The first pup has no name. He belonged to a homeless man in Sao Paulo Brazil. The man got into a violent fight and was stabbed. While the worried dog stood over his dad, emergency technicians put the man on a stretcher and transported him to the hospital. The worried dog ran after his dad.
The dad was brought into the hospital. The dog stopped at the emergency entrance and laid down. He was a good dog and knew he should not go inside. So he waited. He has been there for four months. The homeless man died but the dog, like all loyal pups, is waiting for his dad to be done with his long appointment so they can be on their way.
Hospital workers are taking care of him. He has food, water, and a blanket to lie on. The local shelter did pick him up and had planned to put him up for adoption, but the dog climbed a fence, escaped and ran back to the hospital. Now, except for an occasional stroll down the street, the dog is happy to wait for either for his dad to appear or to wait until they are reunited at the Bridge
Our second pup is Helena. She was at a shelter run by the Lifeline Animal Project in Macon County Georgia. She was found on the street, a malnourished stray. The workers at the shelter labeled her a velcro dog and when she was adopted her new owner was told this dog would give him plenty of attention.
They were right. Helena hung on her new owner wherever he went. She snuggled, she kissed, she walked with him, she did everything he did like the most loyal dog in the world. Unfortunately, she was adopted by the biggest jerk in Georgie. He returned her to the shelter because she was too friendly. The human wanted a less clingy more protective dog, unable to understand that there is no more protective dog than a loyal one.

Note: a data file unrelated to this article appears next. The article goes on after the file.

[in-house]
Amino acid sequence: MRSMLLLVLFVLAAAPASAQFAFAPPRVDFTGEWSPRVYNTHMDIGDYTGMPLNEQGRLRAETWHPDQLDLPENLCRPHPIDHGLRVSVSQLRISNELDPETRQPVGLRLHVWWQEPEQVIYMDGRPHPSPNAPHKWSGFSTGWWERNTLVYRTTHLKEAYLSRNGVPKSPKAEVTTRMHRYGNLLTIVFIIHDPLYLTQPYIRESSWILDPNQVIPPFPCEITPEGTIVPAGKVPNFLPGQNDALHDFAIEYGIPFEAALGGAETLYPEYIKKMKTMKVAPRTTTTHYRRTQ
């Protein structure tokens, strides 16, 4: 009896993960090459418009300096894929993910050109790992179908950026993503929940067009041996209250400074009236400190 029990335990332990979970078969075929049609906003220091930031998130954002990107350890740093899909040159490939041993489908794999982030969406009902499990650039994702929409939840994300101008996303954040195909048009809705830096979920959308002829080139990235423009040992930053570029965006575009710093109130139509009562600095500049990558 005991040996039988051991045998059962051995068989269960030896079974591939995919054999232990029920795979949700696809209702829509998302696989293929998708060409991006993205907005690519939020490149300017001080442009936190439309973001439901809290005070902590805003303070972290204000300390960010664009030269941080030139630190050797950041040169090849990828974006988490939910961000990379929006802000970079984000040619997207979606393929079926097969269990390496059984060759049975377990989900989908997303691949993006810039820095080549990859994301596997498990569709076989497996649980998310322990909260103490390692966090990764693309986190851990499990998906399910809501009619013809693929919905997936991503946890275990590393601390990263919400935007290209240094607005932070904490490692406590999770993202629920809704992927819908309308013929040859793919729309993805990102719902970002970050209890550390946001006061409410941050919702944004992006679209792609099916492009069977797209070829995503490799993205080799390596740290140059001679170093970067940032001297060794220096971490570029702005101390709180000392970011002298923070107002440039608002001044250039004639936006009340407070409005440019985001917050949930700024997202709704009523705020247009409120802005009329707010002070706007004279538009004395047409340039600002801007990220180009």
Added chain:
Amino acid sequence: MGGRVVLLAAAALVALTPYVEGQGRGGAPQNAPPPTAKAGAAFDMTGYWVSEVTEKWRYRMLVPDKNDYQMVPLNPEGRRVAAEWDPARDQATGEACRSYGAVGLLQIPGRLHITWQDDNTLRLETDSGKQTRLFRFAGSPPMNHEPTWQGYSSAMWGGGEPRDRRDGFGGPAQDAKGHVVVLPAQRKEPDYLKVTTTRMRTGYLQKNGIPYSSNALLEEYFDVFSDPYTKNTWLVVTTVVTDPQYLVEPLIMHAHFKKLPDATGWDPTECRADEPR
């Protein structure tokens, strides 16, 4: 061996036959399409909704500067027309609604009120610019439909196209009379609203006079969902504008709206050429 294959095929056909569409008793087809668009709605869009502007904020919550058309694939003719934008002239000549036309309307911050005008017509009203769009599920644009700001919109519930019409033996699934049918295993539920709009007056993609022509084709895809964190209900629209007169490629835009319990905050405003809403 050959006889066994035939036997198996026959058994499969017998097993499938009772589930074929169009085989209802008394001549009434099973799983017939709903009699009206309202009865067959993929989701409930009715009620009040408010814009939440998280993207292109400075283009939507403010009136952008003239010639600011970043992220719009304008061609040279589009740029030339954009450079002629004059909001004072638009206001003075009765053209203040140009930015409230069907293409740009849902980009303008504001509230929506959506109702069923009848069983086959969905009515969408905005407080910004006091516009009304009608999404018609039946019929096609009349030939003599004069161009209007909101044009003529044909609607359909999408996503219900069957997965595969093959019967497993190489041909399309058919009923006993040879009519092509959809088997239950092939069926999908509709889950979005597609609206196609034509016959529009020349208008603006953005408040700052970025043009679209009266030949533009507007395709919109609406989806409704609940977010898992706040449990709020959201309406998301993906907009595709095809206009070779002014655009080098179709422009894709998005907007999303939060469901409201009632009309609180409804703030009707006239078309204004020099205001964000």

The people at the Lifeline Animal Project were savvy. They knew if they put Helena’s story online, labeling her the dog that too nice to adopt, kind-hearted people would be willing to open their doors for this baby. They were right. Within days a family who appreciates a loving, loyal dog provided Helena with the forever home she deserved.
Like the unnamed dog, parents can be so loyal it becomes a detriment. When a human loves a dog with their whole heart, they don’t want to be with another pup. Since we cannot live forever, humans seek another way to stay with us, namely cloning. But that dog, even if it has our cells, is not the dog they lost. And the number of other pups who have to suffer, from those who give eggs, to those who give birth, is too high a price to pay. If you want to honor us after we go to the Bridge provide a new dog the same loving home you gave us. That would make us proud.
The loyalty the dog in Sao Paulo gave to his deceased dad is beautiful and selfless, as is the loyalty Helena gave to the man who did not return it. But the loyalty of a human to a dog who decides to clone them is selfish. We only have one life to live, don’t steal our cells to try to force a part of us to live longer.
Loyalty is beautiful but learns from the dogs. Selfless loyalty is the only kind that counts.